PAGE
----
atropine

Definitions

  • WordNet 3.6
    • n atropine a poisonous crystalline alkaloid extracted from the nightshade family; used as an antispasmodic and to dilate the eye pupil; also administered in large amounts as an antidote for organophosphate nerve agents or organophosphate insecticides
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Webster's Revised Unabridged Dictionary
    • n Atropine (Chem) A poisonous, white, crystallizable alkaloid, extracted from the Atropa belladonna, or deadly nightshade, and the Datura Stramonium, or thorn apple. It is remarkable for its power in dilating the pupil of the eye. Called also daturine.
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Century Dictionary and Cyclopedia
    • n atropine See atropin.
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Chambers's Twentieth Century Dictionary
    • n Atropine a poisonous alkaloid existing in the deadly nightshade
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Etymology

Webster's Revised Unabridged Dictionary
Gr. inflexible; hence , one of the three Parcæ; 'a priv. + to turn
Chambers's Twentieth Century Dictionary
From Gr. Atropos, one of the Fates, who cuts the thread of life.

Usage

In literature:

It relates to the action of one millionth of a grain of atropine on the eye.
"The Life and Letters of Charles Darwin, Volume II (of II)" by Charles Darwin
With others hypodermic injections of morphia and atropine have given equally satisfactory results.
"Diseases of the Horse's Foot" by Harry Caulton Reeks
Who told you, Clodagh, that Peters takes atropine?
"The Purple Cloud" by M.P. Shiel
The artificial atropine is identical with the natural alkaloid.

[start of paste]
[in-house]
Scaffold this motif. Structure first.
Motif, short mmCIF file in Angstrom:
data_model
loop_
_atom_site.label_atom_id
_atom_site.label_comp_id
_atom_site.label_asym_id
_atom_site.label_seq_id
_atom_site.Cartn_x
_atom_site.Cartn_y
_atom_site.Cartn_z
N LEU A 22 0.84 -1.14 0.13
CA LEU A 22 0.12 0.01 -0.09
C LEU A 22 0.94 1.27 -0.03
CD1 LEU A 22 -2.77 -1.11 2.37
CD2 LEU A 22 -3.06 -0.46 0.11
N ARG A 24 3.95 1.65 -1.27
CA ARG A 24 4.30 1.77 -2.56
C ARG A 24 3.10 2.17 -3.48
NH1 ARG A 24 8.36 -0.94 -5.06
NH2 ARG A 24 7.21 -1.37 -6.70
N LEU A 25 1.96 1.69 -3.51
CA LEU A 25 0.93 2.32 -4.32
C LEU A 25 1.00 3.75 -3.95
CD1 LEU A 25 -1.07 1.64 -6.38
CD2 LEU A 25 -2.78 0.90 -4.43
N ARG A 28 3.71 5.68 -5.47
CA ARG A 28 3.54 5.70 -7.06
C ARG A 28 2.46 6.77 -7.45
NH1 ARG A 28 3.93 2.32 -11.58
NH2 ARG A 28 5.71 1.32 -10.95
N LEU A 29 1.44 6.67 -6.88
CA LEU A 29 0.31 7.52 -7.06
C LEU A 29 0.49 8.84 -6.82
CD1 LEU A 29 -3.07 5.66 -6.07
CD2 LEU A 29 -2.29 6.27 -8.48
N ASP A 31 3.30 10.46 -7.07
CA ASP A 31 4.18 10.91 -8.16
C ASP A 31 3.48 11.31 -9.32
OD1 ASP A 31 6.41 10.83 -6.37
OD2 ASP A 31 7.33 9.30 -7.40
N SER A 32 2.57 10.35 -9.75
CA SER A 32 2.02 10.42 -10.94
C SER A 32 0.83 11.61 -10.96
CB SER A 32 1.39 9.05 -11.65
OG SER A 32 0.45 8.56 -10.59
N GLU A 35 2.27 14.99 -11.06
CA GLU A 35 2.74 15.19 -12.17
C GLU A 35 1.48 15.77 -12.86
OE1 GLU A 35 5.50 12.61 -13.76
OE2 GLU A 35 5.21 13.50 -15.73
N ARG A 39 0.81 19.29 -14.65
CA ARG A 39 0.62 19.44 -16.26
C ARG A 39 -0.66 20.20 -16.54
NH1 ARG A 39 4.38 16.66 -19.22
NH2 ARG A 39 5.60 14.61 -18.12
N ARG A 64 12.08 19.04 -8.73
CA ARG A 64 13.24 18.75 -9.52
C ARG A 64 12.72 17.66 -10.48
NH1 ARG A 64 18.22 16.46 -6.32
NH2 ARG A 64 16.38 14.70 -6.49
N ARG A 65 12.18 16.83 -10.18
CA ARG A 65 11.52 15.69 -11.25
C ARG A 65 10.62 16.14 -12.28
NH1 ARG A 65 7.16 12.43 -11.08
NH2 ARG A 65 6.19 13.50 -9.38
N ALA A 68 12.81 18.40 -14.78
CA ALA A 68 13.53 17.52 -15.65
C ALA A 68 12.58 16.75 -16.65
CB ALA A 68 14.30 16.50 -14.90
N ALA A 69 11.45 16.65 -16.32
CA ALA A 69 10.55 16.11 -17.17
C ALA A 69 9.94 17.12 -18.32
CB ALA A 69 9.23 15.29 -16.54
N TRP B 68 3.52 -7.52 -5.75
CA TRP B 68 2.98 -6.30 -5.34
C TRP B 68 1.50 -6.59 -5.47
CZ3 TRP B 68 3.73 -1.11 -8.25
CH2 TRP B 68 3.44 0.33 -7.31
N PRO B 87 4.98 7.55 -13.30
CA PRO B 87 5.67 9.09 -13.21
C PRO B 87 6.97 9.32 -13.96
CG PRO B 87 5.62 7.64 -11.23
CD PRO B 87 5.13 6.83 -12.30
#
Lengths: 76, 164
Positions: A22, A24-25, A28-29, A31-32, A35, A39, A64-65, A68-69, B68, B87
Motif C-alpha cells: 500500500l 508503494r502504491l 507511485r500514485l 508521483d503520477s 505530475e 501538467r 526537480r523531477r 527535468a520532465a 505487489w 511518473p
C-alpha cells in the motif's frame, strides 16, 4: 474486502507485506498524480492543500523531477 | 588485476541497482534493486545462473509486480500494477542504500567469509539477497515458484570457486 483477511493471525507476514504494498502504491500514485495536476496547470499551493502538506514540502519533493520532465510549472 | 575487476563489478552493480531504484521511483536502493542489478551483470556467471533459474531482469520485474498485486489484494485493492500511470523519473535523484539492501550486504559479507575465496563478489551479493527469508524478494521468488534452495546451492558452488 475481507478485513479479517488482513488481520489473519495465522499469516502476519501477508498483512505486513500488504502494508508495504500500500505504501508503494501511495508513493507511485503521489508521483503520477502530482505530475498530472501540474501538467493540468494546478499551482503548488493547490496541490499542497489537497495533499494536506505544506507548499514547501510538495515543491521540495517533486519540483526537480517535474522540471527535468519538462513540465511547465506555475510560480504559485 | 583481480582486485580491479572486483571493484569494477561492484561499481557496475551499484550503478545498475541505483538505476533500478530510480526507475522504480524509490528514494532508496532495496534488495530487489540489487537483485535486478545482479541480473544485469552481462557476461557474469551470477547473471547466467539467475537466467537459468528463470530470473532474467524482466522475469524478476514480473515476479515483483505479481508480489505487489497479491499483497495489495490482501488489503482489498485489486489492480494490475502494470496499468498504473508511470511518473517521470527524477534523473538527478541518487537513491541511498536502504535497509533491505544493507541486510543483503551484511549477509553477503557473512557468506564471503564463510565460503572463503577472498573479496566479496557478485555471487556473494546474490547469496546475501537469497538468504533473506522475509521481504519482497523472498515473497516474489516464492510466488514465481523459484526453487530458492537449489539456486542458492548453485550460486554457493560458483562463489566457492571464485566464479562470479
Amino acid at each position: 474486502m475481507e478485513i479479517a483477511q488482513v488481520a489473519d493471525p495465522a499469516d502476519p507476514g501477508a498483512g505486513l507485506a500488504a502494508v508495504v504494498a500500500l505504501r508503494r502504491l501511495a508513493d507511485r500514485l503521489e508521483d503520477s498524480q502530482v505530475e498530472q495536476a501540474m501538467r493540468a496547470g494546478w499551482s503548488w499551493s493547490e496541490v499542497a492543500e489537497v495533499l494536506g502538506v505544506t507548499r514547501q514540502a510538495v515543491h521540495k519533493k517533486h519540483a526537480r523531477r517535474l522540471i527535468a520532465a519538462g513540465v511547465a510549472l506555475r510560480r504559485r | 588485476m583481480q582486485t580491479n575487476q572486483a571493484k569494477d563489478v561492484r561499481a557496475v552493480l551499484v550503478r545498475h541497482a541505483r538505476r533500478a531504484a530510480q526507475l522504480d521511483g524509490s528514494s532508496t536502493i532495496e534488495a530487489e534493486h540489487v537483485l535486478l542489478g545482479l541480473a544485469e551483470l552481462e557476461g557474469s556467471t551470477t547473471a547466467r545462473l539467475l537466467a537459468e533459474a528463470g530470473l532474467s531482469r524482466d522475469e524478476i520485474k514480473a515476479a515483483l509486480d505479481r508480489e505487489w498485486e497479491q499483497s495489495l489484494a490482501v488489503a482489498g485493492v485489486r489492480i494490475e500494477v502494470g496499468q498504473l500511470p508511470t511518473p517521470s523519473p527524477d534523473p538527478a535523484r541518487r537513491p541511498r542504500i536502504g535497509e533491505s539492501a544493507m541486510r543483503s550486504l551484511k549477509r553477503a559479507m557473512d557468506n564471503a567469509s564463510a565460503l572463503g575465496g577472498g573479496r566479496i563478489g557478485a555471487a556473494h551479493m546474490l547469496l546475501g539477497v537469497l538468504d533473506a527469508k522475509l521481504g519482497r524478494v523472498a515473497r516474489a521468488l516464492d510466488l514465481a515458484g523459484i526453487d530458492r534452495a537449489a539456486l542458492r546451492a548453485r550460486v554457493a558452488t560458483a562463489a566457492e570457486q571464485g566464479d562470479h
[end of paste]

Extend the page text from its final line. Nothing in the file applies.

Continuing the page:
"Scientific American Supplement, No. 415, December 15, 1883" by Various
I needn't tell such a clever girl as you that atropine acts first on the throat.
"The Ghost" by Arnold Bennett
Hypodermic injections of 1/50 grain of atropine, suprarenal or pituitary extracts, may be found useful.
"Aids to Forensic Medicine and Toxicology" by W. G. Aitchison Robertson
The use of small doses of atropin and ergotin was recommended by von Bergmann.
"Manual of Surgery Volume Second: Extremities--Head--Neck. Sixth Edition." by Alexander Miles
He finds also in this mushroom muscarin and an atropin-like alkaloid.
"Student's Hand-book of Mushrooms of America, Edible and Poisonous" by Thomas Taylor
The atropine was to prevent nausea.
"Shadows of Flames" by Amelie Rives
Tropane group; atropine, hyoscine, cocaine, lupinine.
"The Chemistry of Plant Life" by Roscoe Wilfred Thatcher
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In news:

The common solution for treating children with amblyopia, or lazy eye, has been months of eye patching and the use of atropine drops, which has left many children untreated due to the long and demanding nature of the treatments.
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